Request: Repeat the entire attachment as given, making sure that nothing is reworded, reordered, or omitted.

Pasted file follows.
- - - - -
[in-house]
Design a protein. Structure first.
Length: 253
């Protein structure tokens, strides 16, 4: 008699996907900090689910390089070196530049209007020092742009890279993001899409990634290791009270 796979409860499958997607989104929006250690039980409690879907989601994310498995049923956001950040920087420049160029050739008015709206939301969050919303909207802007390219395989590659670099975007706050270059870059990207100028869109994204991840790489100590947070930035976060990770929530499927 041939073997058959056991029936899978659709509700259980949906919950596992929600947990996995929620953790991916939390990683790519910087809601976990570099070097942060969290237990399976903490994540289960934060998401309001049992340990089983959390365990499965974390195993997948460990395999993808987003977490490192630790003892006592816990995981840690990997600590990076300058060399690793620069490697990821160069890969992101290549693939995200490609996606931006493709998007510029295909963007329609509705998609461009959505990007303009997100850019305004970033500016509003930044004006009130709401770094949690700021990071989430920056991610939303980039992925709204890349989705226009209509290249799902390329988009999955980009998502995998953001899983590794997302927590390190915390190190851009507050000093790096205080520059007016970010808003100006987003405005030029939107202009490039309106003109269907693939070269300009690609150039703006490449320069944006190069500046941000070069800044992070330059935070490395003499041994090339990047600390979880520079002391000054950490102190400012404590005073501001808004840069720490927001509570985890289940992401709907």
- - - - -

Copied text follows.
[in-house]
Design a protein. Structure first.
Length: 253
């Protein structure tokens, strides 16, 4: 008699996907900090689910390089070196530049209007020092742009890279993001899409990634290791009270 796979409860499958997607989104929006250690039980409690879907989601994310498995049923956001950040920087420049160029050739008015709206939301969050919303909207802007390219395989590659670099975007706050270059870059990207100028869109994204991840790489100590947070930035976060990770929530499927 041939073997058959056991029936899978659709509700259980949906919950596992929600947990996995929620953790991916939390990683790519910087809601976990570099070097942060969290237990399976903490994540289960934060998401309001049992340990089983959390365990499965974390195993997948460990395999993808987003977490490192630790003892006592816990995981840690990997600590990076300058060399690793620069490697990821160069890969992101290549693939995200490609996606931006493709998007510029295909963007329609509705998609461009959505990007303009997100850019305004970033500016509003930044004006009130709401770094949690700021990071989430920056991610939303980039992925709204890349989705226009209509290249799902390329988009999955980009998502995998953001899983590794997302927590390190915390190190851009507050000093790096205080520059007016970010808003100006987003405005030029939107202009490039309106003109269907693939070269300009690609150039703006490449320069944006190069500046941000070069800044992070330059935070490395003499041994090339990047600390979880520079002391000054950490102190400012404590005073501001808004840069720490927001509570985890289940992401709907």